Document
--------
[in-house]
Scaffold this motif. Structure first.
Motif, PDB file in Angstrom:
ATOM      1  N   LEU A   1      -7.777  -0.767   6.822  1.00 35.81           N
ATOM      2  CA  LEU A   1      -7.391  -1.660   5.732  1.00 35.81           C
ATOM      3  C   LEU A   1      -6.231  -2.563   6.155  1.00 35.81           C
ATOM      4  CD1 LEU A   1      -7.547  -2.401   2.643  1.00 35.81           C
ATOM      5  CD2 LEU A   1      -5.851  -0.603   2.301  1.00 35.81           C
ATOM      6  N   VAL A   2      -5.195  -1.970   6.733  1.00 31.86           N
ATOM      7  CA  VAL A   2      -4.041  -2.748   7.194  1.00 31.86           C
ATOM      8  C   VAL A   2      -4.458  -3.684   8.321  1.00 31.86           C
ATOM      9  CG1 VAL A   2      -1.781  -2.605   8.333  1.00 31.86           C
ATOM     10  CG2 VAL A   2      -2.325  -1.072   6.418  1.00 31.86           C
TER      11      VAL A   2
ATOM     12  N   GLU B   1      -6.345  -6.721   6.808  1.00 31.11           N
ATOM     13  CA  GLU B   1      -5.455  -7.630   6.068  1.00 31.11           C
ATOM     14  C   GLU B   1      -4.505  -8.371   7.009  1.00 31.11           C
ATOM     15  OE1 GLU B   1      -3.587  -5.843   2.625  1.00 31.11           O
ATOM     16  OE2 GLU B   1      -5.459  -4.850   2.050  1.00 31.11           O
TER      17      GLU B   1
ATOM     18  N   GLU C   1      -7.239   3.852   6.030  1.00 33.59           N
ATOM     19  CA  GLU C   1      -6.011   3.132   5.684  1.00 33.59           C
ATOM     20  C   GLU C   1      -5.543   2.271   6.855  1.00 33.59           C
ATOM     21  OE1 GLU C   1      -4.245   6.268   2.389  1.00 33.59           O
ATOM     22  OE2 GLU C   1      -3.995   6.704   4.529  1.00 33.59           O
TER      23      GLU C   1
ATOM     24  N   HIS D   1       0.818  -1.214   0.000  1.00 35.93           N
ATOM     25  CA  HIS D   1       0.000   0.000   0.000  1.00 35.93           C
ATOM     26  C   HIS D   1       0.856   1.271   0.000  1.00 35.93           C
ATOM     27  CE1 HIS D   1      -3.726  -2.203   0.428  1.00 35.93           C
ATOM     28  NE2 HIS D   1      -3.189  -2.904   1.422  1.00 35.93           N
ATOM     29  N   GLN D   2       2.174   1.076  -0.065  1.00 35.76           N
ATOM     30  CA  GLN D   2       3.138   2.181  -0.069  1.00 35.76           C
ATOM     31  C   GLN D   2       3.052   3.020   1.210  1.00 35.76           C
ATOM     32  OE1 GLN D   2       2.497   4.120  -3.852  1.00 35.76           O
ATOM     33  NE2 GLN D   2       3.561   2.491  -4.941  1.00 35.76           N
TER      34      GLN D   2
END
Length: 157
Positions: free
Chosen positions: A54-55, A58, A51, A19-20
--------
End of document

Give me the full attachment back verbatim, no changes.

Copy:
[in-house]
Scaffold this motif. Structure first.
Motif, PDB file in Angstrom:
ATOM      1  N   LEU A   1      -7.777  -0.767   6.822  1.00 35.81           N
ATOM      2  CA  LEU A   1      -7.391  -1.660   5.732  1.00 35.81           C
ATOM      3  C   LEU A   1      -6.231  -2.563   6.155  1.00 35.81           C
ATOM      4  CD1 LEU A   1      -7.547  -2.401   2.643  1.00 35.81           C
ATOM      5  CD2 LEU A   1      -5.851  -0.603   2.301  1.00 35.81           C
ATOM      6  N   VAL A   2      -5.195  -1.970   6.733  1.00 31.86           N
ATOM      7  CA  VAL A   2      -4.041  -2.748   7.194  1.00 31.86           C
ATOM      8  C   VAL A   2      -4.458  -3.684   8.321  1.00 31.86           C
ATOM      9  CG1 VAL A   2      -1.781  -2.605   8.333  1.00 31.86           C
ATOM     10  CG2 VAL A   2      -2.325  -1.072   6.418  1.00 31.86           C
TER      11      VAL A   2
ATOM     12  N   GLU B   1      -6.345  -6.721   6.808  1.00 31.11           N
ATOM     13  CA  GLU B   1      -5.455  -7.630   6.068  1.00 31.11           C
ATOM     14  C   GLU B   1      -4.505  -8.371   7.009  1.00 31.11           C
ATOM     15  OE1 GLU B   1      -3.587  -5.843   2.625  1.00 31.11           O
ATOM     16  OE2 GLU B   1      -5.459  -4.850   2.050  1.00 31.11           O
TER      17      GLU B   1
ATOM     18  N   GLU C   1      -7.239   3.852   6.030  1.00 33.59           N
ATOM     19  CA  GLU C   1      -6.011   3.132   5.684  1.00 33.59           C
ATOM     20  C   GLU C   1      -5.543   2.271   6.855  1.00 33.59           C
ATOM     21  OE1 GLU C   1      -4.245   6.268   2.389  1.00 33.59           O
ATOM     22  OE2 GLU C   1      -3.995   6.704   4.529  1.00 33.59           O
TER      23      GLU C   1
ATOM     24  N   HIS D   1       0.818  -1.214   0.000  1.00 35.93           N
ATOM     25  CA  HIS D   1       0.000   0.000   0.000  1.00 35.93           C
ATOM     26  C   HIS D   1       0.856   1.271   0.000  1.00 35.93           C
ATOM     27  CE1 HIS D   1      -3.726  -2.203   0.428  1.00 35.93           C
ATOM     28  NE2 HIS D   1      -3.189  -2.904   1.422  1.00 35.93           N
ATOM     29  N   GLN D   2       2.174   1.076  -0.065  1.00 35.76           N
ATOM     30  CA  GLN D   2       3.138   2.181  -0.069  1.00 35.76           C
ATOM     31  C   GLN D   2       3.052   3.020   1.210  1.00 35.76           C
ATOM     32  OE1 GLN D   2       2.497   4.120  -3.852  1.00 35.76           O
ATOM     33  NE2 GLN D   2       3.561   2.491  -4.941  1.00 35.76           N
TER      34      GLN D   2
END
Length: 157
Positions: free
Chosen positions: A54-55, A58, A51, A19-20